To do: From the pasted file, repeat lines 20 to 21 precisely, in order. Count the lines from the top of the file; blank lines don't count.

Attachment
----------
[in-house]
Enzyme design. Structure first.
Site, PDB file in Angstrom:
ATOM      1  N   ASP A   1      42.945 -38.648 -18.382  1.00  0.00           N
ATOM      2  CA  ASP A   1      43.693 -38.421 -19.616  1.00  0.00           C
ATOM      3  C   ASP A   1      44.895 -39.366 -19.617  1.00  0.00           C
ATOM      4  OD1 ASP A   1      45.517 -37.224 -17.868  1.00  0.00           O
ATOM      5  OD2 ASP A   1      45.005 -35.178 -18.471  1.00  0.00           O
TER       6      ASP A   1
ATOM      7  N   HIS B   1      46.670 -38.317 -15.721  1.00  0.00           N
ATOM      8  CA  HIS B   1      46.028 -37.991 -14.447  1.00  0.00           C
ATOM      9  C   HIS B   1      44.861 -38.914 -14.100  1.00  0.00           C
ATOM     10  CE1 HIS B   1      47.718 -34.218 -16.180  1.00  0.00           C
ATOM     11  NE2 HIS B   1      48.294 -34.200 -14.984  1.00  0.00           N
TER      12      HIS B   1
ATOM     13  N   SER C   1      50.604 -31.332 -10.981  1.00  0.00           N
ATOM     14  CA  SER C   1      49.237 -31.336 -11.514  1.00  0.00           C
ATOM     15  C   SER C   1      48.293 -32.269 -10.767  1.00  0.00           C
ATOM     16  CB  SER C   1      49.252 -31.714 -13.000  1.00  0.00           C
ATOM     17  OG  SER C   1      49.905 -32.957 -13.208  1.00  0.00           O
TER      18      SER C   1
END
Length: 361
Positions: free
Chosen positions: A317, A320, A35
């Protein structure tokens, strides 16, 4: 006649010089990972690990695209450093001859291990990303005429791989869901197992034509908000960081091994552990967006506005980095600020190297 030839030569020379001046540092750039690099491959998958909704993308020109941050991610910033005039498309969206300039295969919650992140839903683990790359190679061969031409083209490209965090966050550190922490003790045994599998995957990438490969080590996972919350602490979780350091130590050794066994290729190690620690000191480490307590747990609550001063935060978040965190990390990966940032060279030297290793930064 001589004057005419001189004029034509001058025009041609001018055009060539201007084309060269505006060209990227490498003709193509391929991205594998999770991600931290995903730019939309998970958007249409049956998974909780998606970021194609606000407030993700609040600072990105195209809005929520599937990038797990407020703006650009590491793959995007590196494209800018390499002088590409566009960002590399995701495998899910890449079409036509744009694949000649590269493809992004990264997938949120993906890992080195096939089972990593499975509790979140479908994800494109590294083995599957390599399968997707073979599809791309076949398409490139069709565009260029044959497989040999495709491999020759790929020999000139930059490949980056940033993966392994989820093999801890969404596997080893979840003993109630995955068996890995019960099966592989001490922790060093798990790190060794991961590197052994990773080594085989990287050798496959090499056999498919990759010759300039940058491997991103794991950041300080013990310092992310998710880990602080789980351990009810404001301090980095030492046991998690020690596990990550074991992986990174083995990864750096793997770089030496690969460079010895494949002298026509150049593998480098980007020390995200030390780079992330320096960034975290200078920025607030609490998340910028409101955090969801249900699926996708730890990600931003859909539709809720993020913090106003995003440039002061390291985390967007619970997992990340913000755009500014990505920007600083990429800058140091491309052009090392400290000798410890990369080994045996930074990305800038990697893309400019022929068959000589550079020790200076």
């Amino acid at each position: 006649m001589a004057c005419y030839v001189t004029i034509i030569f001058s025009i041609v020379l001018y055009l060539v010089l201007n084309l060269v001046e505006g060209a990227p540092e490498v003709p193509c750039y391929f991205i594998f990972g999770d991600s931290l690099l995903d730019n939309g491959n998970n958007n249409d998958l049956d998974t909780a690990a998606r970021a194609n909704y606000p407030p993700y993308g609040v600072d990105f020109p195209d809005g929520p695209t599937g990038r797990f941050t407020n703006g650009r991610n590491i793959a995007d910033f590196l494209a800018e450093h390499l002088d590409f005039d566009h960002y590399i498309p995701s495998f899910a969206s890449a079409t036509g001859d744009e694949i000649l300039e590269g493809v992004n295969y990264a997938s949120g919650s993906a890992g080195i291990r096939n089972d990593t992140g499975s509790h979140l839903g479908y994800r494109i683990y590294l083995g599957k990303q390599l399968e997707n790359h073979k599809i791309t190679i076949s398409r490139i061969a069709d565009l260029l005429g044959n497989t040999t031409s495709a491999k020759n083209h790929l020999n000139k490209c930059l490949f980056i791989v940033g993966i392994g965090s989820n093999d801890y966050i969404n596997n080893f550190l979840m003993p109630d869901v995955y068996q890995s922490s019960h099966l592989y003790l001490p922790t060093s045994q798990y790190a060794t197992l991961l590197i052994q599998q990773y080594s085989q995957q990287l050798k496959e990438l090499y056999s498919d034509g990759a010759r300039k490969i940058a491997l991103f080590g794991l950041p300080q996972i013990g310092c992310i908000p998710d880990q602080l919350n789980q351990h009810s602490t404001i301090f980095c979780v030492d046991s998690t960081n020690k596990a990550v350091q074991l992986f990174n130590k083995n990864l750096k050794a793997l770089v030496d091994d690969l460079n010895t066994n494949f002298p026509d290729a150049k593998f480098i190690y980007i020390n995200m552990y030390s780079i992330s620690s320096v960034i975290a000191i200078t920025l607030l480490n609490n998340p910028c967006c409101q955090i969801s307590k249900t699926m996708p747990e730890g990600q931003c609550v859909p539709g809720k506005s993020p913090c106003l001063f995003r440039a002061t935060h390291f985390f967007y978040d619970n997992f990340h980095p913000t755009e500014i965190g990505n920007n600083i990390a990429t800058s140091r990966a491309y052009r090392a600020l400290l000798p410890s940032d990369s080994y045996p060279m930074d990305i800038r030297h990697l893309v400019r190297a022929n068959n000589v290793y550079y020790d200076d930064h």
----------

ATOM     17  OG  SER C   1      49.905 -32.957 -13.208  1.00  0.00           O
TER      18      SER C   1